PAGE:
Allison’s mother, Lily Blankstein z”l, was a Jewish history teacher at CESJDS. Allison’s grandmother, Paula Dash z”l, shared her story with students at CESJDS and throughout the community over the years (as did her grandfather, Sol Dash z”l). While in graduate school in 1997, Allison started writing a book about three generations of women in the aftermath of the Holocaust. The next year, however, Lily passed away and Allison’s first child was born, so the book project was moved to the back burner. Fast-forward about 15 years, and Allison knew it was time to complete this project, which she now knew was not only a family memoir, but a journalistic study of grandchildren of Holocaust survivors themselves.
The Holocaust was ever-present in Allison’s and her sister, Erica’s (CESJDS ’95) life. Allison, like many other “3Gs” she has interviewed for the book, used to think that the Holocaust history was for her in some ways a burden, but she now realizes that it's ultimately a blessing. While the story of the Holocaust is not as present in Allison’s own kids’ lives as it was in Allison’s and Erica’s, Allison knows how important this history is both within the family and to the world at large. Now, more than ever, as the population of survivors dwindles, it is often the grandchildren – the last generation that will have truly known these eyewitnesses to history – who have become the torch bearers of a story that moves further and further into the past.
Allison, who works as a copywriter for corporations and agencies, became interested in writing while in college at the University of Pennsylvania. Upon graduation, she lived in New York and worked for an advertising agency. During that time, Allison, her mother and grandmother took a trip to Eastern Europe and visited Lodz, Poland, her grandmother’s home. This incredibly impactful and emotional trip was a turning point for Allison, both personally and professionally, and she knew then that someday, she would be a writer and write about this experience. A few years later, she was off to Columbia University for her graduate degree in Journalism. As a student in a small, highly selective book-writing seminar there, she first developed an initial proposal for the book.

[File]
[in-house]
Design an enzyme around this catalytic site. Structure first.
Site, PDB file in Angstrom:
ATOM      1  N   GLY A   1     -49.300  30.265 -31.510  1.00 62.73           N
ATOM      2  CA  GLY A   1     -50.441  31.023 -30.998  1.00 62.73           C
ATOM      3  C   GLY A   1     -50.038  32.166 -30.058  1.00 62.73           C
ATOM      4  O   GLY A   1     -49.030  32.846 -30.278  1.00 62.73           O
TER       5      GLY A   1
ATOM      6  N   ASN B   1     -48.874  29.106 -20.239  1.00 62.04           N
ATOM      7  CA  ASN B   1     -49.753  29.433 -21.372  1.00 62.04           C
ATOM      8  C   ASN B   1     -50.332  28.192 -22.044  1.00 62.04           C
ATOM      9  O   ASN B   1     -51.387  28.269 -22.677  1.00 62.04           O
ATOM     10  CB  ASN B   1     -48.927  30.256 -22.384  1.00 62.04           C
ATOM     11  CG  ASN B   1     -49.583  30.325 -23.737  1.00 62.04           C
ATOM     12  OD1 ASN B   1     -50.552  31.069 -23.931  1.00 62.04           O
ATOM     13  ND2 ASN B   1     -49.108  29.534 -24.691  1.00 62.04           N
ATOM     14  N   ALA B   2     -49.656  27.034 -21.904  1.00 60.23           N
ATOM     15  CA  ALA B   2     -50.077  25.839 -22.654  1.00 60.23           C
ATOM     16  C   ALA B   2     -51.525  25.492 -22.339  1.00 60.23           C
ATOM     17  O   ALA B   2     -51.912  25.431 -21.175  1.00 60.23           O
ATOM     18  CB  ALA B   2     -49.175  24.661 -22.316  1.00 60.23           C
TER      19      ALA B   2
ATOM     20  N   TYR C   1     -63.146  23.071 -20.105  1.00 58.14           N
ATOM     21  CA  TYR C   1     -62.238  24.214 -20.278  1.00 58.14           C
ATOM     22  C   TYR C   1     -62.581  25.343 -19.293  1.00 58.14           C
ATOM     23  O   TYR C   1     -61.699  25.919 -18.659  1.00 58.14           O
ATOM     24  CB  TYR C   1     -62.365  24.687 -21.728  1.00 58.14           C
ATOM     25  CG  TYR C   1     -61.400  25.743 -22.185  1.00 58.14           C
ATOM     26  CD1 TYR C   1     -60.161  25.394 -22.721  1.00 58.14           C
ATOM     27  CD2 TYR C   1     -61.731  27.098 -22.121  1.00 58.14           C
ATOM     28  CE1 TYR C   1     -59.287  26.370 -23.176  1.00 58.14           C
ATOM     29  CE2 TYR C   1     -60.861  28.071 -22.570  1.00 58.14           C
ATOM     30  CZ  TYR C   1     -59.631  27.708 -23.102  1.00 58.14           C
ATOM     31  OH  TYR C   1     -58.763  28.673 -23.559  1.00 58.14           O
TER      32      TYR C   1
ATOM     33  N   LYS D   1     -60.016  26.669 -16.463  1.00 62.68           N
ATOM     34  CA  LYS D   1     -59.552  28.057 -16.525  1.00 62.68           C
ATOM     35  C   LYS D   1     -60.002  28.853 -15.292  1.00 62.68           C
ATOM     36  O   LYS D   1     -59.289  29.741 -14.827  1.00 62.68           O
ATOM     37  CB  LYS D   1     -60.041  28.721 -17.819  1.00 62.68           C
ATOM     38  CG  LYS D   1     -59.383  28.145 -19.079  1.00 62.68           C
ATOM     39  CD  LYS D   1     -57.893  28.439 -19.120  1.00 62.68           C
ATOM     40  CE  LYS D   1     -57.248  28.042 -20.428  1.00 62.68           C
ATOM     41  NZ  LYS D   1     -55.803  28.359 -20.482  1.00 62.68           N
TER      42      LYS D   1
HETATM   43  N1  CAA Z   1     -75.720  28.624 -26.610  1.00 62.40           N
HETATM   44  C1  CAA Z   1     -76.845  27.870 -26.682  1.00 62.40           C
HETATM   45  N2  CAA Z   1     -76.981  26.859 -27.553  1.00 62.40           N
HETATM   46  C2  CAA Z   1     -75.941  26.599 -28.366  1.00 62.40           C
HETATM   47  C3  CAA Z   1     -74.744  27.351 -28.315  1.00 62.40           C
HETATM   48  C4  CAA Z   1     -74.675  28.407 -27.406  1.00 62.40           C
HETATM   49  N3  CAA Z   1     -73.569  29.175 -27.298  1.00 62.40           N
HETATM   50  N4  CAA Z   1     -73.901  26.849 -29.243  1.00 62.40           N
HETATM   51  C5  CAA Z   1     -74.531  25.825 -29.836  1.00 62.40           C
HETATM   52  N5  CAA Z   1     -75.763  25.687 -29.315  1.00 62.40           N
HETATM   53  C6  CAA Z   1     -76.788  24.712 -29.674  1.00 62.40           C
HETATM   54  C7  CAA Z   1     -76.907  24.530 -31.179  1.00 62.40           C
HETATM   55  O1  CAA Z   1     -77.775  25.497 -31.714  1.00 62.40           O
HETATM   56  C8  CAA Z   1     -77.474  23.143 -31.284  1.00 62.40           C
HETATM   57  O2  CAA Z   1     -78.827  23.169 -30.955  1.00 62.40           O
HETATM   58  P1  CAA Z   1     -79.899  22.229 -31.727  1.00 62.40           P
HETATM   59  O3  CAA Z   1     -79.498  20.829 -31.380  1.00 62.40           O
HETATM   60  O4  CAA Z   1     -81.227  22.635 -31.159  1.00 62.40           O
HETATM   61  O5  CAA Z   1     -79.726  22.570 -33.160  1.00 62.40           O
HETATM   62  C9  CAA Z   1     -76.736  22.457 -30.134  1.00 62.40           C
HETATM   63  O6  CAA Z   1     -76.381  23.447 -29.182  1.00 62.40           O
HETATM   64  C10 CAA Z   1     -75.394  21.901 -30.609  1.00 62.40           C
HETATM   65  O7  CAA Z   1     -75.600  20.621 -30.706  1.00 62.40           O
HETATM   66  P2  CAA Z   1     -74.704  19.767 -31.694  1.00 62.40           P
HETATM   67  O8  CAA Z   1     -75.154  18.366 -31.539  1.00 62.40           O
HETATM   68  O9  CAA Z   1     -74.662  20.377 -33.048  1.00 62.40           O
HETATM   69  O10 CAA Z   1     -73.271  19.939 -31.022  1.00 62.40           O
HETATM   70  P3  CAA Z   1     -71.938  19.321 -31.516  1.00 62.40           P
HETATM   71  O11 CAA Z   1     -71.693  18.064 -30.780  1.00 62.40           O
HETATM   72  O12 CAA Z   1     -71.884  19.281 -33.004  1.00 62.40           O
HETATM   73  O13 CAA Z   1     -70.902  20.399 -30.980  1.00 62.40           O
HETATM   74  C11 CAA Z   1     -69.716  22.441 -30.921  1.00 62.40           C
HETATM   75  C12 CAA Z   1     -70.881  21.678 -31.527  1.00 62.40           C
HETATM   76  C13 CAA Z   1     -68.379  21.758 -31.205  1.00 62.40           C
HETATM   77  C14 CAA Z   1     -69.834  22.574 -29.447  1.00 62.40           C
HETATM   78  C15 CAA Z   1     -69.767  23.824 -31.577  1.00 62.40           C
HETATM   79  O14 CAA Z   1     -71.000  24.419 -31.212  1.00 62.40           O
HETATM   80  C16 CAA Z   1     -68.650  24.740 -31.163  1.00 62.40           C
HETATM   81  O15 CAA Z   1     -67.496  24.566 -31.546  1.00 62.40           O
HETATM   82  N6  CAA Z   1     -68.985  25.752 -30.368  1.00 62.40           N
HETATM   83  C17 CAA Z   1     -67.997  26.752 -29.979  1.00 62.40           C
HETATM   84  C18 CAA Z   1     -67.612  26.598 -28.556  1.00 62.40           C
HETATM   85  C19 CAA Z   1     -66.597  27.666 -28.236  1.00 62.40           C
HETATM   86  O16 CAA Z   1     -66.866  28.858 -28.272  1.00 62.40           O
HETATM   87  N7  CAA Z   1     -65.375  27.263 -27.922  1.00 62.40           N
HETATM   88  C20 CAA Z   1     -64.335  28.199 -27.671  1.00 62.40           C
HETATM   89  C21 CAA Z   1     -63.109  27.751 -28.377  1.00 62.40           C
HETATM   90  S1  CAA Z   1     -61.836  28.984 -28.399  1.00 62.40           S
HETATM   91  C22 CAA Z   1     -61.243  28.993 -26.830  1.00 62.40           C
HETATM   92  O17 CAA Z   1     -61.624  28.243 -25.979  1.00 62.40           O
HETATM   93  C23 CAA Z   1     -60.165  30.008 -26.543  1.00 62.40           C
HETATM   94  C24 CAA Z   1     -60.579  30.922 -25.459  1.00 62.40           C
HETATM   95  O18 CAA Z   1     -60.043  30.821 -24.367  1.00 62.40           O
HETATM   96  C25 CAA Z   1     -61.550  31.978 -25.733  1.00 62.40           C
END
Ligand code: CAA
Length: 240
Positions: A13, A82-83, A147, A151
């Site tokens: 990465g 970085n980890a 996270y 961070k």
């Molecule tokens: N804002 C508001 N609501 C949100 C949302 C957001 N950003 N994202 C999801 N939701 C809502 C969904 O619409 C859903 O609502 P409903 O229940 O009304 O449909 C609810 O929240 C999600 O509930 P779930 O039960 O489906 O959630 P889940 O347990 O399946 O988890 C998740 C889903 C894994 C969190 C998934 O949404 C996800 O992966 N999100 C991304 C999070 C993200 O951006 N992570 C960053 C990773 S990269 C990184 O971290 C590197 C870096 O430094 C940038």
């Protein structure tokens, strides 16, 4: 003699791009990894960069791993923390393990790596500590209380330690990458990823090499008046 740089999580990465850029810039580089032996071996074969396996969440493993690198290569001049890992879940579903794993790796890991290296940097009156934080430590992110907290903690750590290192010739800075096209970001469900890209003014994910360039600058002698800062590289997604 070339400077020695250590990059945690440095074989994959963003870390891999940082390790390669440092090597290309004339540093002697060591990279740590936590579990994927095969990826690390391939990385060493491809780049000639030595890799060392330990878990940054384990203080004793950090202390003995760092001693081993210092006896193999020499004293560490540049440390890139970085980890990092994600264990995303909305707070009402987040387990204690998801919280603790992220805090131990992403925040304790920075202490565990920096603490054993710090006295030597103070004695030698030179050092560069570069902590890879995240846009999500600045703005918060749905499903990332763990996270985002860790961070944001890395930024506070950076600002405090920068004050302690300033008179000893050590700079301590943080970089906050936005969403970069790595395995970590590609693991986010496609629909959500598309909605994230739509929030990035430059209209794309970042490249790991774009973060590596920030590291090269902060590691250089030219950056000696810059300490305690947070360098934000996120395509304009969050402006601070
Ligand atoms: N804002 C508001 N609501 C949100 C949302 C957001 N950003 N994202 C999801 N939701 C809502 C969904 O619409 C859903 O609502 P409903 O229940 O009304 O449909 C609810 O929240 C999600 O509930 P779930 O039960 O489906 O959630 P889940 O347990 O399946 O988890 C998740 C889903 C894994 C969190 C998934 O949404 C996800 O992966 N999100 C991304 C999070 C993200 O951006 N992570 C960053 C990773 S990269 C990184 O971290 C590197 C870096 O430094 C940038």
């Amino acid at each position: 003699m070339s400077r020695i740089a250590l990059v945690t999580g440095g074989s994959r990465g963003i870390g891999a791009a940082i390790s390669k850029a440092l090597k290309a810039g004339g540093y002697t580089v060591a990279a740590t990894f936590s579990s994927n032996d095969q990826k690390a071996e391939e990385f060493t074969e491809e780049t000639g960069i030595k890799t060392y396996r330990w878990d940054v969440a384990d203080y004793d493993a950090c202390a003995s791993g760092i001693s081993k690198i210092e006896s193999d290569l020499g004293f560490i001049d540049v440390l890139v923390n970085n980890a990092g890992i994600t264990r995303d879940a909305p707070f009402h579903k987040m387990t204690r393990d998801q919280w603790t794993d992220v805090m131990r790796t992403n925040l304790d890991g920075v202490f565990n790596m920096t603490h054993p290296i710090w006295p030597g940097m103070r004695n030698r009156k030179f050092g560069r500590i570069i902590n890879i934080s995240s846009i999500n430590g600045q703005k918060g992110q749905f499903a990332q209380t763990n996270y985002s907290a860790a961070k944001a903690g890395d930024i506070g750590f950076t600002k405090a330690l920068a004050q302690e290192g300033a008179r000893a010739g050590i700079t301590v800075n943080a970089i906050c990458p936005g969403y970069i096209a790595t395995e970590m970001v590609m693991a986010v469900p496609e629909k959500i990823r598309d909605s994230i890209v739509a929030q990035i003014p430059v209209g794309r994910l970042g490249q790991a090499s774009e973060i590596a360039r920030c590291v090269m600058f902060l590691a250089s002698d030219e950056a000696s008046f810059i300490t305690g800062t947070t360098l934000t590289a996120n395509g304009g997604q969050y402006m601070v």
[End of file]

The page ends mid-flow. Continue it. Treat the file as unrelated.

Once Allison again started working on the book in earnest last year, she reached out to fellow CESJDS alumni in an effort to build a network of people that had similar experiences as grandchildren of survivors. She began conducting interviews with grandchildren all over the world, and the stories multiplied. Now there’s a book agent and a light at the end of the tunnel. Allison hopes to publish the book next year.
Throughout this process, Allison realized that her connections – new and old - with fellow alumni and the CESJDS community are invaluable to her success, both as an author and in her role in this world as a grandchild of a Holocaust survivor.